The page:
Erna Fergusson was a writer and storyteller, who documented the culture and history of New Mexico for more than forty years. Erna was born to a well-known family, her mother was Clara Mary Huning, the daughter of a successful merchant by the name of Franz Huning. He owned and operated a downtown mercantile store and flourmill. Erna Fergusson's father was a prominent lawyer in White Oaks, New Mexico, it was in 1883 that he moved to Albuquerque, where he became friends with Franz Huning. Four years in 1887 Clara Mary Huning and Harvey Fergusson were married. Erna, the eldest of four children, grew up in La Glorieta, her primary residence in New Mexico. However, between 1897 and 1899 Erna spent her formative years in Washington, D. C. when her father served as a delegate to the United States. In 1906 Erna graduated from Central High School in Albuquerque. Prior to graduating, she did preparatory work at the University of New Mexico and the Collegiate School in Los Angeles, she began teaching in the Albuquerque public schools while at the same time furthering her education.
In 1912 she graduated from UNM with a Bachelor of Pedagogy Degree. A year Erna completed her Masters in History from Columbia University in New York. After teaching a while in Chatham hall in Virginia she decided to return home and continue teaching in Albuquerque. Throughout her years Erna had various other occupations. During World War II she took a job with the Red Cross as the home service secretary and State Supervisor for New Mexico. After the war she became a reporter for the Albuquerque Herald, writing various articles regarding her hometown, she was commissioned in 1926 by Century Magazine to write “Redskins to Railroads” and “From Rodeo to Rotary” two of her pieces, which many years along with other short works became published. While at the Herald, Erna began a touring company alongside friend Ethel Hickey; the touring company, Koshare Tours, provided guests with tours of the southwest, introducing them to native cultures. Koshare Tours were so successful that Fred Harvey, a famous and well to do western hotel and restaurateur, bought the touring company and hired Erna Fergusson to direct the new endeavor—Indian Detour Service.
In 1931 Erna Fergusson published her first book Dancing Gods, about Indian ceremonials. Several histories and numerous travel books followed after her success with Dancing Gods. In her 1934 book, "Mexican Cookbook", Fergusson was the first to correct the English-speakers notion that "frijoles refritos" meant "refried beans", but the correction never reached the popular consciousness. In 1942 Erna Fergusson helped; the year after she was awarded as an Honorary Doctorate of Letters from the University of New Mexico. She died in Albuquerque in 1964. Erna Fergusson can be best depicted as a New Mexico writer of the 1930s, honing the two techniques of oral interview and conversational prose style. Albuquerque/Bernalillo County Library System opened a branch library bearing her name in 1966. Dancing Gods Fiesta in Mexico Mexican Cookbook Guatemala Venezuela Our Southwest Our Hawaii Chili Cuba Murder & Mystery in New Mexico Hawaiian Islands Hawaii New Mexico: A Pageant of Three Peoples Mexico Revisited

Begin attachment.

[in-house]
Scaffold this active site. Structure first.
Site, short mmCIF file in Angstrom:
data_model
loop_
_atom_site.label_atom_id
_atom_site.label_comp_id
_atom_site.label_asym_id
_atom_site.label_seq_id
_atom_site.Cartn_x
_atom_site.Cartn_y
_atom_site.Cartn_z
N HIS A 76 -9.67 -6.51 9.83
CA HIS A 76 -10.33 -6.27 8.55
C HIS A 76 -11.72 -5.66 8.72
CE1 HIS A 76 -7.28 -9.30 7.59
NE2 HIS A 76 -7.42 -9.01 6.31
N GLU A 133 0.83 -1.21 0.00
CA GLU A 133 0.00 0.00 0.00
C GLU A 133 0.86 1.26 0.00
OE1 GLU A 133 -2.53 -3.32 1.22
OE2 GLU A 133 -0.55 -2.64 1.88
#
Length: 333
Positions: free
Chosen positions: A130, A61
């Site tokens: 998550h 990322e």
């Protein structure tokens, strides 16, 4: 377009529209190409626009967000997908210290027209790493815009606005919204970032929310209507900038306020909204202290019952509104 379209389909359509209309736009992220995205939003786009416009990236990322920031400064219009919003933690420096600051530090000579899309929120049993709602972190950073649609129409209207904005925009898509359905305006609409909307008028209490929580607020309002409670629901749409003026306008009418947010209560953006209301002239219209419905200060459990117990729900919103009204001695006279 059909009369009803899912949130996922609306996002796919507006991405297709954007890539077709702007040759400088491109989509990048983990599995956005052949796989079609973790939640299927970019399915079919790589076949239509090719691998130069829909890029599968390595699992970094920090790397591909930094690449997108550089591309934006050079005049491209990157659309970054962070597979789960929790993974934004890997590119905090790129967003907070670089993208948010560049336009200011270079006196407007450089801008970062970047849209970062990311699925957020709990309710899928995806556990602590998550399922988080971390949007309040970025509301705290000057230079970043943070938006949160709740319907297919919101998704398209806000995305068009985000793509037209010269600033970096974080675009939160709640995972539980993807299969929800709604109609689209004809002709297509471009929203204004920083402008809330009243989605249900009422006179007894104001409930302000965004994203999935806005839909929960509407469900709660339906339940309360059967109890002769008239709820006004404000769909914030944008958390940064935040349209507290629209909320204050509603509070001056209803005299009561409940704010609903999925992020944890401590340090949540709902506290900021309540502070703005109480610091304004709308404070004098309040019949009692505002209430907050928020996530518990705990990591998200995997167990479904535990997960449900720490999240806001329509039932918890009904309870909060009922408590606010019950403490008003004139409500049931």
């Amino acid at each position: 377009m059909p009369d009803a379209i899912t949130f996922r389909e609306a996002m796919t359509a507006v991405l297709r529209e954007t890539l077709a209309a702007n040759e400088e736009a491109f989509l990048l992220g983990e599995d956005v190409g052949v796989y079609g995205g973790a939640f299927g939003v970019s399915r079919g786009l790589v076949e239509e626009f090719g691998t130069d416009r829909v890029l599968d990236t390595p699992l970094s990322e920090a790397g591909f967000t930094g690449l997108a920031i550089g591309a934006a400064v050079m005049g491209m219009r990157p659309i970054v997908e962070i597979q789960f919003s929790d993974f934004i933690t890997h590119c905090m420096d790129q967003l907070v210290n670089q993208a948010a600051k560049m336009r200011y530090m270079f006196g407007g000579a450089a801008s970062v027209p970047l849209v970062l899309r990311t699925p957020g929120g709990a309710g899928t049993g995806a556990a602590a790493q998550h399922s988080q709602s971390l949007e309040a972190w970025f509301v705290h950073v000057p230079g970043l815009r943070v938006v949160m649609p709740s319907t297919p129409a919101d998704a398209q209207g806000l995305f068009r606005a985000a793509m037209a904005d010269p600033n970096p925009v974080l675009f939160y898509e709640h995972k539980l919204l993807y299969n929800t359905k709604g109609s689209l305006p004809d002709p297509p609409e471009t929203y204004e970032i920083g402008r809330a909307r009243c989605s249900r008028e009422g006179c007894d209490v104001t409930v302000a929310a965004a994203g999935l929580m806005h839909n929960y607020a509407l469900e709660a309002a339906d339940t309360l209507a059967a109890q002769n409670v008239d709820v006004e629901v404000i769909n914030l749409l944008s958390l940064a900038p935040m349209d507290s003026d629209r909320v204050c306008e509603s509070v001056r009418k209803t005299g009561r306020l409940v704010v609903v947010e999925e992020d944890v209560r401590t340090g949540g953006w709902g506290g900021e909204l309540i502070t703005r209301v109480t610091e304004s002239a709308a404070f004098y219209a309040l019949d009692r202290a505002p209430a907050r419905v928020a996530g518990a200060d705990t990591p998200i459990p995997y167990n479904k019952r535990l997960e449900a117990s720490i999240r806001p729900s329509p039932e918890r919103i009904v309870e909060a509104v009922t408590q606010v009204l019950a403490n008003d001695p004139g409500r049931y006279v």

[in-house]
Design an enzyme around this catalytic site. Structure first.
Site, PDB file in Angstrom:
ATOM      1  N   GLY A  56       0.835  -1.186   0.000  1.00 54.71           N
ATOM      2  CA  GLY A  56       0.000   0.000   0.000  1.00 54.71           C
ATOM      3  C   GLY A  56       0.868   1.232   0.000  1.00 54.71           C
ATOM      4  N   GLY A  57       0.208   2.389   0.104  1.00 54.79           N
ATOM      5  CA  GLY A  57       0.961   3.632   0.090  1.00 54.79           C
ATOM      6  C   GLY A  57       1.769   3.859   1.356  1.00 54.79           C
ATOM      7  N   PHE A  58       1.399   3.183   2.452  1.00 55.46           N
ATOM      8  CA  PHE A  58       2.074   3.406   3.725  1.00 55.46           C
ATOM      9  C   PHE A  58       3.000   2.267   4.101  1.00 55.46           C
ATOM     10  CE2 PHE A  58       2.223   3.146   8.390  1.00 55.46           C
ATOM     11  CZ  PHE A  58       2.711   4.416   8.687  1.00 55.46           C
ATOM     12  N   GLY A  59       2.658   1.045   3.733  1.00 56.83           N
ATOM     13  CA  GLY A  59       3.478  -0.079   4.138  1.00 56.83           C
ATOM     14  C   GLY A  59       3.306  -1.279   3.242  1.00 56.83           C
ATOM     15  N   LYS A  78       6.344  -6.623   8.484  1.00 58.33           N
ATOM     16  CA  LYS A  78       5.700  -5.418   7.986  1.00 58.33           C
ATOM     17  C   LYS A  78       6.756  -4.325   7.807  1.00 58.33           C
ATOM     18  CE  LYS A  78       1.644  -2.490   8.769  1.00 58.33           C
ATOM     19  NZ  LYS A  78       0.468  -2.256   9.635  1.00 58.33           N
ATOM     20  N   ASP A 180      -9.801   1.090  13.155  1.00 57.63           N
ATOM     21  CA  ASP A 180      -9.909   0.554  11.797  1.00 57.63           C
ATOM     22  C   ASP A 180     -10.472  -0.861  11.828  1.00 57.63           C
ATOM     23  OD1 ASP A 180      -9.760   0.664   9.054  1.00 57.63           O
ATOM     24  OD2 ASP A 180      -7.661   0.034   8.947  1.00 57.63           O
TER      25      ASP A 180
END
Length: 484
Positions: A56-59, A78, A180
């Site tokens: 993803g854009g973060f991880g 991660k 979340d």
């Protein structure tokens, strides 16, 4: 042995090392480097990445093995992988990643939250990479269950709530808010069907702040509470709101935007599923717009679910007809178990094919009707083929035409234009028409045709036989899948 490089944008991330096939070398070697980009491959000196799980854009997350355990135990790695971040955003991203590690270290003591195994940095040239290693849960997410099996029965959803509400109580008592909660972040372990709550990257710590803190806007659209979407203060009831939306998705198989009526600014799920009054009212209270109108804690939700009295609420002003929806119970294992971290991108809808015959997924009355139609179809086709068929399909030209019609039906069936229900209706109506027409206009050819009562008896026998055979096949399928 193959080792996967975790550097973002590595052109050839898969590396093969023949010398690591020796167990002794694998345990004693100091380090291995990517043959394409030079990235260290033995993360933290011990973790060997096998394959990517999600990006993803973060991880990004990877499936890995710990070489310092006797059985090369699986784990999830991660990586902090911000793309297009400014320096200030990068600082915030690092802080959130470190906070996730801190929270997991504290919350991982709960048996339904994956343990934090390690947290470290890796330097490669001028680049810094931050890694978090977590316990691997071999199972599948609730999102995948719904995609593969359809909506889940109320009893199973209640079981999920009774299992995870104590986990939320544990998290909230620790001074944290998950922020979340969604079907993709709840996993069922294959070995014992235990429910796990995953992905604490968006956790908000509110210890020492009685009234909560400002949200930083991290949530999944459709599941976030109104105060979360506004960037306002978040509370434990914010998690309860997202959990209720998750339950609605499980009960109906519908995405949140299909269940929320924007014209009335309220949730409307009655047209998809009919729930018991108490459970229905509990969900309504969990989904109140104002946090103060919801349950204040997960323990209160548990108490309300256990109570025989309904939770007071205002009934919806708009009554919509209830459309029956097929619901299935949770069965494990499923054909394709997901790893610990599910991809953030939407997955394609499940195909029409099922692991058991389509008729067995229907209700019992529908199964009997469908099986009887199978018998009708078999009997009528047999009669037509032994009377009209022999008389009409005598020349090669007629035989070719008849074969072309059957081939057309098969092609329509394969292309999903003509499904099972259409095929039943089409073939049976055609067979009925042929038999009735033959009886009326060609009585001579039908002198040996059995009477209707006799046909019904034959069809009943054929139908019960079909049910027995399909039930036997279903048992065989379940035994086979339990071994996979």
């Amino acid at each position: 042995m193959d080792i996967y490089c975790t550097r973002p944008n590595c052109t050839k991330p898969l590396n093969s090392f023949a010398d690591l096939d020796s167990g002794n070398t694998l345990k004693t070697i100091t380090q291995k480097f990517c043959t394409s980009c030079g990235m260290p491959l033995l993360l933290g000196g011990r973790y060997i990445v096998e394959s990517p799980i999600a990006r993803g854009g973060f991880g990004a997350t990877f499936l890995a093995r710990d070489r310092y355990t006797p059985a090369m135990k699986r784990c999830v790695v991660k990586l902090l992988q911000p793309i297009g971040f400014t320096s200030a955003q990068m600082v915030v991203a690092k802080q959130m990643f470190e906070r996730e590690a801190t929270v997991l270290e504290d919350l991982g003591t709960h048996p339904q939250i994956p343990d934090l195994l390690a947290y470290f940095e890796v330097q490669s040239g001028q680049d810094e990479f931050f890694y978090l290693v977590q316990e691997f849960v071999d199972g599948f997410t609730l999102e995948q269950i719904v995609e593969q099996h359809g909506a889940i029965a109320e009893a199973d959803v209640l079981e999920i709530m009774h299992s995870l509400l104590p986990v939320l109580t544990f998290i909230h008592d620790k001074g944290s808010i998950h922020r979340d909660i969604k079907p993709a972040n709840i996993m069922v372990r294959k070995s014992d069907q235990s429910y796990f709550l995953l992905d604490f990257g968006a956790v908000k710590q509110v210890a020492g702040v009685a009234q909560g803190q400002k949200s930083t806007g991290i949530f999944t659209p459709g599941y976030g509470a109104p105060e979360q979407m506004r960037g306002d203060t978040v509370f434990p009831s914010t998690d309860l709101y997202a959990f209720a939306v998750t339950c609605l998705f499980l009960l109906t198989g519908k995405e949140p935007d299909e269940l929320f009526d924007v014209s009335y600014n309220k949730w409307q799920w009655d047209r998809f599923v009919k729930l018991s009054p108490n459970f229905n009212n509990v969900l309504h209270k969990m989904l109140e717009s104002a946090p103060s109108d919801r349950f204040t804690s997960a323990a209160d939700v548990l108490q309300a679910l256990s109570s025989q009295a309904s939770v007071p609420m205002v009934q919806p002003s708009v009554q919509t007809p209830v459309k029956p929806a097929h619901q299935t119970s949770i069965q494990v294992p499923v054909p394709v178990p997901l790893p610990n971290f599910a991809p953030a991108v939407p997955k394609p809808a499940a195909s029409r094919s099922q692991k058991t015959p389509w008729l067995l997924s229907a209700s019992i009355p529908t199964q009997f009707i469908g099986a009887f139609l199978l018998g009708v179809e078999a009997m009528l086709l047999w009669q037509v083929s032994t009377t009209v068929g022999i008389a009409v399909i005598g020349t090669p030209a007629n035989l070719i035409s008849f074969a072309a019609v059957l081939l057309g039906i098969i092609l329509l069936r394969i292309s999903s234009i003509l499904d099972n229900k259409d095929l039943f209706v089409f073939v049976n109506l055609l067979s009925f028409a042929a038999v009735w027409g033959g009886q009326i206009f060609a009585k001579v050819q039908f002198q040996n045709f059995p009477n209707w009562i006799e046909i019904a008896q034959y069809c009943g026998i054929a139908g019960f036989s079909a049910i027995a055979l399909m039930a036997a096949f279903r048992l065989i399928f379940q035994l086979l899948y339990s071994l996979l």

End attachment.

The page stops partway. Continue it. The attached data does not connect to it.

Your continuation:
John Emerich Henry Lyon-Dalberg-Acton, 3rd Baron Acton, was a British peer and soldier. Acton was born in Bordighera, Italy, the eldest son and third of nine children born to Richard Dalberg-Acton, 2nd Baron Acton, a diplomat in the foreign service, his mother was the only child of Thomas Henry Lyon of Appleton Hall, Cheshire. The fourth generation of his family abroad, the 2nd Lord Acton and his children became British citizens in 1911 by Act of Parliament; the family was living in Germany. They were temporarily detained in Baden Baden in 1914. In 1915, Lord Acton became chargé d'affaires in Berne. In 1919, his father added the additional surname and arms of Lyon when Lady Acton inherited from her father, his mother died in 1923, when his youngest sister was just 2. He was educated at the Royal Military College and Trinity College, Cambridge, he succeeded to the family titles upon the death of his father in 1924. His only brother, Richard William Heribert Peter Lyon-Dalberg-Acton, was killed in a plane crash in Gambia in 1946.
In December 1945, Acton was appointed to the Military Division of the Order of the British Empire as a Member. In February 1947, he was appointed to be a Deputy Lieutenant of the County of Salop but resigned his commission in November the same year because he stopped living in the county. In the 1964 New Year Honours, Acton was appointed to the Order of St Michael and St George as a Companion. Acton was a devout Catholic, he was a president of the multiracial National Club in Salisbury, Rhodesia. He married Hon. Daphne Strutt, daughter of The 4th Baron Rayleigh, on 25 November 1931; the couple had eleven children: The Honourable Pelline Margot Lyon-Dalberg-Acton The Honourable Charlotte Lyon-Dalberg-Acton The Honourable Catherine Lyon-Dalberg-Acton Richard Lyon-Dalberg-Acton, 4th Baron Acton The Honourable Reverend Canon Dr John Charles Lyon-Dalberg-Acton The Honourable Robert Peter Lyon-Dalberg-Acton The Honourable Jill Mary Joan Lyon-Dalberg-Acton Professor The Honourable Edward David Joseph Lyon-Dalberg-Acton The Honourable Peter Hedley Lyon-Dalberg-Acton The Honourable Mary Anne Lyon-Dalberg-Acton The Honourable Jane Lyon-Dalberg-Acton He died in Mallorca, Spain in 1989